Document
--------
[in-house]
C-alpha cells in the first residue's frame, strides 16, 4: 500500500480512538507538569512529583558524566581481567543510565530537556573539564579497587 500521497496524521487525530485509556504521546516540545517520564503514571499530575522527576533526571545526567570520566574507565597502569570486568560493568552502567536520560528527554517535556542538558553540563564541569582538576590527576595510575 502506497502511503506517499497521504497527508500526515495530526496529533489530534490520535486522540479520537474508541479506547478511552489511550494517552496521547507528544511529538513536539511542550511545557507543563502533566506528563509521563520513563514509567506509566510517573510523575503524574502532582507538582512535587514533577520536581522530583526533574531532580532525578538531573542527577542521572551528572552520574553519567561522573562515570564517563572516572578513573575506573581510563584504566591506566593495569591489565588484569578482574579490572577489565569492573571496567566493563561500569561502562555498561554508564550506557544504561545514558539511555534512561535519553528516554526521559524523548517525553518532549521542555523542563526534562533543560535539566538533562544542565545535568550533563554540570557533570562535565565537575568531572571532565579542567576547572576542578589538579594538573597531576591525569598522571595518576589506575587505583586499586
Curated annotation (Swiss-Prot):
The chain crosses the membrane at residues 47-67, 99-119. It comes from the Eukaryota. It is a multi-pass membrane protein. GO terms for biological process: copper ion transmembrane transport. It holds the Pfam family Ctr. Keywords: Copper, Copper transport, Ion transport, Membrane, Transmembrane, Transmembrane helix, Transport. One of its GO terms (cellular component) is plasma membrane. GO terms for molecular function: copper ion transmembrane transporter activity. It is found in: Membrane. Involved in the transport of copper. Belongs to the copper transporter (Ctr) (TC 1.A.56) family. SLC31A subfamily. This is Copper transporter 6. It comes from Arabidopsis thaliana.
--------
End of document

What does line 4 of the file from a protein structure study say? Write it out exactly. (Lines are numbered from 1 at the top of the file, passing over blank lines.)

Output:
The chain crosses the membrane at residues 47-67, 99-119. It comes from the Eukaryota. It is a multi-pass membrane protein. GO terms for biological process: copper ion transmembrane transport. It holds the Pfam family Ctr. Keywords: Copper, Copper transport, Ion transport, Membrane, Transmembrane, Transmembrane helix, Transport. One of its GO terms (cellular component) is plasma membrane. GO terms for molecular function: copper ion transmembrane transporter activity. It is found in: Membrane. Involved in the transport of copper. Belongs to the copper transporter (Ctr) (TC 1.A.56) family. SLC31A subfamily. This is Copper transporter 6. It comes from Arabidopsis thaliana.